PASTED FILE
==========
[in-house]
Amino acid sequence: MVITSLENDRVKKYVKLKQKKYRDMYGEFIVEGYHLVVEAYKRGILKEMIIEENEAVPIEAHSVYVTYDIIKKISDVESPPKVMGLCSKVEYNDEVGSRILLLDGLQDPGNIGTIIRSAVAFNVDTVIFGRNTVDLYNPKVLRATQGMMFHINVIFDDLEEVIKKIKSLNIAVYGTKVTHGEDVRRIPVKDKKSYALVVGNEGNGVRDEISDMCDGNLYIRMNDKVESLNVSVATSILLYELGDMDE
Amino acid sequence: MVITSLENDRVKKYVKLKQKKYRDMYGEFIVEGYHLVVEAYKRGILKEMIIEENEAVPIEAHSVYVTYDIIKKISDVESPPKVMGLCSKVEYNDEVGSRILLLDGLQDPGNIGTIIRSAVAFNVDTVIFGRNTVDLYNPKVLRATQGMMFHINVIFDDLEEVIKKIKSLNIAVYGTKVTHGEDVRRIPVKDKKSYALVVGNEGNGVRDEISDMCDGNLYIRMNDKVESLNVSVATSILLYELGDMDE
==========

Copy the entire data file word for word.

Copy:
[in-house]
Amino acid sequence: MVITSLENDRVKKYVKLKQKKYRDMYGEFIVEGYHLVVEAYKRGILKEMIIEENEAVPIEAHSVYVTYDIIKKISDVESPPKVMGLCSKVEYNDEVGSRILLLDGLQDPGNIGTIIRSAVAFNVDTVIFGRNTVDLYNPKVLRATQGMMFHINVIFDDLEEVIKKIKSLNIAVYGTKVTHGEDVRRIPVKDKKSYALVVGNEGNGVRDEISDMCDGNLYIRMNDKVESLNVSVATSILLYELGDMDE
Amino acid sequence: MVITSLENDRVKKYVKLKQKKYRDMYGEFIVEGYHLVVEAYKRGILKEMIIEENEAVPIEAHSVYVTYDIIKKISDVESPPKVMGLCSKVEYNDEVGSRILLLDGLQDPGNIGTIIRSAVAFNVDTVIFGRNTVDLYNPKVLRATQGMMFHINVIFDDLEEVIKKIKSLNIAVYGTKVTHGEDVRRIPVKDKKSYALVVGNEGNGVRDEISDMCDGNLYIRMNDKVESLNVSVATSILLYELGDMDE